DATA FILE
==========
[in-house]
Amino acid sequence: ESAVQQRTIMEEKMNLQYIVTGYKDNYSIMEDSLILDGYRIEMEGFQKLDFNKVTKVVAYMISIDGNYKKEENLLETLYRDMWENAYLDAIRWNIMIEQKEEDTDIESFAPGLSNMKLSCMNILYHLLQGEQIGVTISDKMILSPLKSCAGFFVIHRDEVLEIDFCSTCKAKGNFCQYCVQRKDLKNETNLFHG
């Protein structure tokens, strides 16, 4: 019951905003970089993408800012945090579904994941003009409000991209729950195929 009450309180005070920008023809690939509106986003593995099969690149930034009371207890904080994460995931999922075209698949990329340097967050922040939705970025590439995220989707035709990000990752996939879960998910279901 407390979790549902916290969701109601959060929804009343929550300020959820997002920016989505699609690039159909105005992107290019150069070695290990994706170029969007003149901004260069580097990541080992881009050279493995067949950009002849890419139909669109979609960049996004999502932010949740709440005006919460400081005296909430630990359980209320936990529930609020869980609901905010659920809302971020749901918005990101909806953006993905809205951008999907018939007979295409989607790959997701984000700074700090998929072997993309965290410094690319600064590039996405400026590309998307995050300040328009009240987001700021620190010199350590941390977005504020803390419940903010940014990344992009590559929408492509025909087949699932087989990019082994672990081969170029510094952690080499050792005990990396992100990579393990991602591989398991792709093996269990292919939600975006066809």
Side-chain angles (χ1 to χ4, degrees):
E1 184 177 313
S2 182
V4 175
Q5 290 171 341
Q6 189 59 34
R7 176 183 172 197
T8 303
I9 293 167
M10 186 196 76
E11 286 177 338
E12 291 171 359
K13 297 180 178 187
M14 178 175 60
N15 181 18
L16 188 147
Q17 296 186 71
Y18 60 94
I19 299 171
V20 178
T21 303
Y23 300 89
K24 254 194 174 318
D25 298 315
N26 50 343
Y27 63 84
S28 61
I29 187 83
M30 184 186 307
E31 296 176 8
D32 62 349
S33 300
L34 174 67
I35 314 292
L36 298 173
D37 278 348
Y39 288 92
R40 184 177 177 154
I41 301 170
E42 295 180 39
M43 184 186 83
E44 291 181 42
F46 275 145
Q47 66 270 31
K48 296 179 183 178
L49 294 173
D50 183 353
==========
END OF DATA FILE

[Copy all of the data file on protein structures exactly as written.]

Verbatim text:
[in-house]
Amino acid sequence: ESAVQQRTIMEEKMNLQYIVTGYKDNYSIMEDSLILDGYRIEMEGFQKLDFNKVTKVVAYMISIDGNYKKEENLLETLYRDMWENAYLDAIRWNIMIEQKEEDTDIESFAPGLSNMKLSCMNILYHLLQGEQIGVTISDKMILSPLKSCAGFFVIHRDEVLEIDFCSTCKAKGNFCQYCVQRKDLKNETNLFHG
């Protein structure tokens, strides 16, 4: 019951905003970089993408800012945090579904994941003009409000991209729950195929 009450309180005070920008023809690939509106986003593995099969690149930034009371207890904080994460995931999922075209698949990329340097967050922040939705970025590439995220989707035709990000990752996939879960998910279901 407390979790549902916290969701109601959060929804009343929550300020959820997002920016989505699609690039159909105005992107290019150069070695290990994706170029969007003149901004260069580097990541080992881009050279493995067949950009002849890419139909669109979609960049996004999502932010949740709440005006919460400081005296909430630990359980209320936990529930609020869980609901905010659920809302971020749901918005990101909806953006993905809205951008999907018939007979295409989607790959997701984000700074700090998929072997993309965290410094690319600064590039996405400026590309998307995050300040328009009240987001700021620190010199350590941390977005504020803390419940903010940014990344992009590559929408492509025909087949699932087989990019082994672990081969170029510094952690080499050792005990990396992100990579393990991602591989398991792709093996269990292919939600975006066809």
Side-chain angles (χ1 to χ4, degrees):
E1 184 177 313
S2 182
V4 175
Q5 290 171 341
Q6 189 59 34
R7 176 183 172 197
T8 303
I9 293 167
M10 186 196 76
E11 286 177 338
E12 291 171 359
K13 297 180 178 187
M14 178 175 60
N15 181 18
L16 188 147
Q17 296 186 71
Y18 60 94
I19 299 171
V20 178
T21 303
Y23 300 89
K24 254 194 174 318
D25 298 315
N26 50 343
Y27 63 84
S28 61
I29 187 83
M30 184 186 307
E31 296 176 8
D32 62 349
S33 300
L34 174 67
I35 314 292
L36 298 173
D37 278 348
Y39 288 92
R40 184 177 177 154
I41 301 170
E42 295 180 39
M43 184 186 83
E44 291 181 42
F46 275 145
Q47 66 270 31
K48 296 179 183 178
L49 294 173
D50 183 353